The Federal council (FEC) has approved the Nigeria Economic Sustainability Plan (NESP) as recommended by the economic sustainability committee led by vice president Yemi Osinbajo.
The Federal council (FEC) has approved the N2.3 trillion stimulus plan for the Nigeria Economy meeting on Wednesday. The Minister of Finance, Budget and National Planning, Zainab Ahmed, announced the approval at the end of the FEC meeting.
“The total package that we presented today is in the sum of N2.3 trillion. N500 billion of this is a stimulus package that’s already provided for within the amended 2020 Appropriations Act. These are funds that we’ve sourced from special accounts.
We even have N1.2 trillion of these funds to be sourced as structured low-cost loans which are interventional from the financial institution of Nigeria also as other development partners and institutions.
“We have N344 billion which will be sourced from bilateral and external sources and also additional funds that we will source locally,” she said.
The NESP aims to make jobs, pump money into the economy and hopefully stop it slipping into recession, support small businesses, and prioritize local content (Made-in-Nigeria).
The NESP is a 12-month ‘Transit’ Plan between the Economic Recovery and Growth Plan (ERGP) and therefore the ERGP-successor-plan currently being worked upon.
“There may be a strategy that has been adopted and this whole plan is to enable us to respond to the triple problem of the low exchange rate, youth unemployment also as negative growth which is facing us now,” Mrs. Ahmed said.
“The plan has to also support small businesses that have suffered the severe impact of COVID-19 as a result of lockdowns, especially, the hotel industry, private schools, restaurants as well as the transport sector have been very well impacted by this.
“We have also seen a big impact on the poor and the vulnerable and even folks that were okay as small traders, are hard hit …,” she said.
Revamping economy, businesses
The minister also said the council noted interventions within the plan that might prevent businesses from collapsing and also infuse liquidity into the Nigerian economy.
“These will create jobs using labor-intensive methods like agriculture, facility management, housing, construction, direct labor interventions which will create tons of jobs very quickly. We had also proposed in the plan to undertake growth-enhancing jobs, creating infrastructure investments in roads, bridges, solar energy, communications technology, and several others.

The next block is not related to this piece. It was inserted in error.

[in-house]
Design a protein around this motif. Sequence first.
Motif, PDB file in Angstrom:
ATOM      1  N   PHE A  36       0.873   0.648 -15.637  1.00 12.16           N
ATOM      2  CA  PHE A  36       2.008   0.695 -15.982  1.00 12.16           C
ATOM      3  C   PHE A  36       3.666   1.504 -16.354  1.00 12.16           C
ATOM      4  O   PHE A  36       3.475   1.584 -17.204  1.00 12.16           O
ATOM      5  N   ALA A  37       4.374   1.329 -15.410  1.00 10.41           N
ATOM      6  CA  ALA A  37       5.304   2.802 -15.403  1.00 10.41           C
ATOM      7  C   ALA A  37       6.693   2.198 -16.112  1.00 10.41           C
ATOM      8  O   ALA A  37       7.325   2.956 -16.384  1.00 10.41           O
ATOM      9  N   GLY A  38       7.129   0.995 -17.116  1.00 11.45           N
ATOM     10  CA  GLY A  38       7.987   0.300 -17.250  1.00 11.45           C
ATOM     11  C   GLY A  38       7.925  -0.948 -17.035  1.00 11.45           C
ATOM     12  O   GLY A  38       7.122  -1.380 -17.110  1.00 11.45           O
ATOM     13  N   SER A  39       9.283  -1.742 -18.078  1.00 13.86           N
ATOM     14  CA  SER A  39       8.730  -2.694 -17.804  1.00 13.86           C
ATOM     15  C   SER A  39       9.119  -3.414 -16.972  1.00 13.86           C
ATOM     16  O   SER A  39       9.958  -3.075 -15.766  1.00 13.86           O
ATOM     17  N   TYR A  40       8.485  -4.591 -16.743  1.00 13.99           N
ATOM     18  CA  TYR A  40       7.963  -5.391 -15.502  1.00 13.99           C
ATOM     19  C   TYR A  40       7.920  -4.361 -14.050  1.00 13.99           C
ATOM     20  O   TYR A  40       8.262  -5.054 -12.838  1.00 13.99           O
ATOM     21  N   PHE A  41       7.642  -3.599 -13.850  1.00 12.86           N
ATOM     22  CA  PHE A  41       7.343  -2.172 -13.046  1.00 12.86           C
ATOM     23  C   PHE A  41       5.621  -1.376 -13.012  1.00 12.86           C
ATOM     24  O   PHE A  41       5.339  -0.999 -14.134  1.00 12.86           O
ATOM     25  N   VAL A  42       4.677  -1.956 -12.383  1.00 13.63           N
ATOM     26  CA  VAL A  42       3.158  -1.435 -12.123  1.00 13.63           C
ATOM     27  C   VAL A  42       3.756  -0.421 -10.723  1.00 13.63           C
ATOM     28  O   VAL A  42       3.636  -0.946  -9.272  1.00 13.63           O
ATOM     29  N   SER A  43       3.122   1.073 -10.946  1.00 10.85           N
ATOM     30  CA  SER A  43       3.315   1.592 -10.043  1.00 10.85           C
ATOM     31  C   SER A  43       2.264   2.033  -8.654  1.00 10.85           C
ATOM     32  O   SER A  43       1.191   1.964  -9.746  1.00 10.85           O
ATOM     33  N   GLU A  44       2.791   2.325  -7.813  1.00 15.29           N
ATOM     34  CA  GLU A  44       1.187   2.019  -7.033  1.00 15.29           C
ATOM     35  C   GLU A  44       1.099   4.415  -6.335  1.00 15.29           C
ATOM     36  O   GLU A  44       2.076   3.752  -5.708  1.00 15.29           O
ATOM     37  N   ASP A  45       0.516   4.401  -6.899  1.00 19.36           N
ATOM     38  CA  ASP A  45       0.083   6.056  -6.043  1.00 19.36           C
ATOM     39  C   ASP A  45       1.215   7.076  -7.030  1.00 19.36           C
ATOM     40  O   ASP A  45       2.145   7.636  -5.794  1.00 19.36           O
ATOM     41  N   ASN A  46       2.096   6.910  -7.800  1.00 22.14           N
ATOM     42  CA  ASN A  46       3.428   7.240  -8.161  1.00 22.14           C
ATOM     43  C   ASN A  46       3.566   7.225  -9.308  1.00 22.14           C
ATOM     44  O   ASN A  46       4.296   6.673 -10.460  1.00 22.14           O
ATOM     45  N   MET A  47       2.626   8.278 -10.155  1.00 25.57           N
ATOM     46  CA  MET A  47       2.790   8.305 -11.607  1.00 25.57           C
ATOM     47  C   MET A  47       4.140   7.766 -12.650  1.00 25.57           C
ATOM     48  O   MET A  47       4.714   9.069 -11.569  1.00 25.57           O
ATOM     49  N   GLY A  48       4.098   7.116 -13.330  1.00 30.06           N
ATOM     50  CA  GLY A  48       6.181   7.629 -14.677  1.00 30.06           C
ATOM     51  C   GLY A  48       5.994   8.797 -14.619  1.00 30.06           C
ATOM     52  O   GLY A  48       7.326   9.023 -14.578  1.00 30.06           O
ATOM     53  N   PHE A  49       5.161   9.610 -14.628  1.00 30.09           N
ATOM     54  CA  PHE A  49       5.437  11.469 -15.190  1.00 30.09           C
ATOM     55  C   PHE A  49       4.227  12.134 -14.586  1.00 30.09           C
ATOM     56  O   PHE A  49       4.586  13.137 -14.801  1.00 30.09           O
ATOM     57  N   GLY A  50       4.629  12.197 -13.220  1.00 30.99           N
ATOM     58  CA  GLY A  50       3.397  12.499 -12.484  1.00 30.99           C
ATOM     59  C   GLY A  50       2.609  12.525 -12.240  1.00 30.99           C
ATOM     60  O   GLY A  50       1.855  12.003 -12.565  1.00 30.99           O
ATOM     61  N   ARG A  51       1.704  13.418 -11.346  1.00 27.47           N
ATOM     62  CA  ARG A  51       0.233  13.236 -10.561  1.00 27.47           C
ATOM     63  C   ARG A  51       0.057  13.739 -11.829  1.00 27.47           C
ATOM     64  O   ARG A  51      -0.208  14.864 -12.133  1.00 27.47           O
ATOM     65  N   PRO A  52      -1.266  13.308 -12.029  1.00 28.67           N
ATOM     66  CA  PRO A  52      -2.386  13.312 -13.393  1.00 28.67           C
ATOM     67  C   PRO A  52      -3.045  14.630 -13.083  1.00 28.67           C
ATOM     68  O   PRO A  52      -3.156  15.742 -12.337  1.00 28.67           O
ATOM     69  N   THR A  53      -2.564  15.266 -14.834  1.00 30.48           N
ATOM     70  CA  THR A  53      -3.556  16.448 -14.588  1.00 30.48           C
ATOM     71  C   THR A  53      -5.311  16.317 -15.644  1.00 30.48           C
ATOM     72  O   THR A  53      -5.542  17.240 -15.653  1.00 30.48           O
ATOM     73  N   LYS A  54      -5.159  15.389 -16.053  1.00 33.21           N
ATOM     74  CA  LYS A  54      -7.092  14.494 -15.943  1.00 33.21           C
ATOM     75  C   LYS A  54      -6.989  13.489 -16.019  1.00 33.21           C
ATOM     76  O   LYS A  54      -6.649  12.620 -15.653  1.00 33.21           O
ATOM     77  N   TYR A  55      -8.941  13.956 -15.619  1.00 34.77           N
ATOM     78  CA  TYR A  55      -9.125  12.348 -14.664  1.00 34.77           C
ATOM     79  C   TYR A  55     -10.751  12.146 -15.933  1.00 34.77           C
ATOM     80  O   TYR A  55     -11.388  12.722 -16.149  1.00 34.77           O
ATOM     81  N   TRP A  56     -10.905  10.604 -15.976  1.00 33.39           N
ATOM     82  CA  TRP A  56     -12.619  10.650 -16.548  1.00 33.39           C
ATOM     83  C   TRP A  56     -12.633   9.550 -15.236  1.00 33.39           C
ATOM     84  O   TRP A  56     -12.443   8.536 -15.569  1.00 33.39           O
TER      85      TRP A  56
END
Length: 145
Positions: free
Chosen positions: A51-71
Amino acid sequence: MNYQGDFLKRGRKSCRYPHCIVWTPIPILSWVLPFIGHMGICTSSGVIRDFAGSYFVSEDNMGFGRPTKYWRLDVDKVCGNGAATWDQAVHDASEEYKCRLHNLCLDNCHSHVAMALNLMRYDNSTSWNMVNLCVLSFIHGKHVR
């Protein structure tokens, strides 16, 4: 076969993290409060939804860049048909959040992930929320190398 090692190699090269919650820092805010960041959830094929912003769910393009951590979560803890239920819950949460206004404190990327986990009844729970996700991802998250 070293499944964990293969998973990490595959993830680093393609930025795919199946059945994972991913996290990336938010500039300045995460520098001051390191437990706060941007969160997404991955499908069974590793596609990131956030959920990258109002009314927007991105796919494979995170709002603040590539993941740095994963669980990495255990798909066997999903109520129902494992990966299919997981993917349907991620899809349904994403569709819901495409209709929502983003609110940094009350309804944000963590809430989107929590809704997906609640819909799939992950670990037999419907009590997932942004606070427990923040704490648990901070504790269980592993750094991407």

“We have promoted within the plan, manufacturing, and native production at all levels. We are advocating for the utilization of made in Nigeria in all of these public works that we’ll be doing as a way of creating job opportunities to reinforce job sufficiency.
“So we expect – for construction, as an example – we expect the minister of works not to buy bitumen but to think about the utilization of gemstones and cement or other materials which will be used here. That way we conserve our resources and can even be ready to ignite other sectors within the economy,” she explained.
The official also spoke on specific interventions within the construction and housing sector.
The same thing for housing also. the planning is to possess 300,000 houses built using standard designs which will be done by the ministry of works and housing but using strictly low-cost materials.
“On the building sites, the plan is to possess carpenters and others which will have a multiplier effect on the economy,” she said.
She said, “the third pillar for us is to make sure rigorous implementation and this is important because this is a 12-month plan that’s meant to pull our economy from sliding into a deep recession.”
“It will also be a plan that will anchor to the successor period that we’ve already started working on,” she said. “It is a 12-month plan, a transit plan meant to be implemented quickly.”
“To that effect, the federal council has agreed that the procurement processes become relaxed during a manner that we are adopting a faster mood as against using the longer procurement process.
“With the National Assembly passing the budget, we’ve funding ready to go but we need procurement to be done quickly so that this money can be put to immediate use,” she added.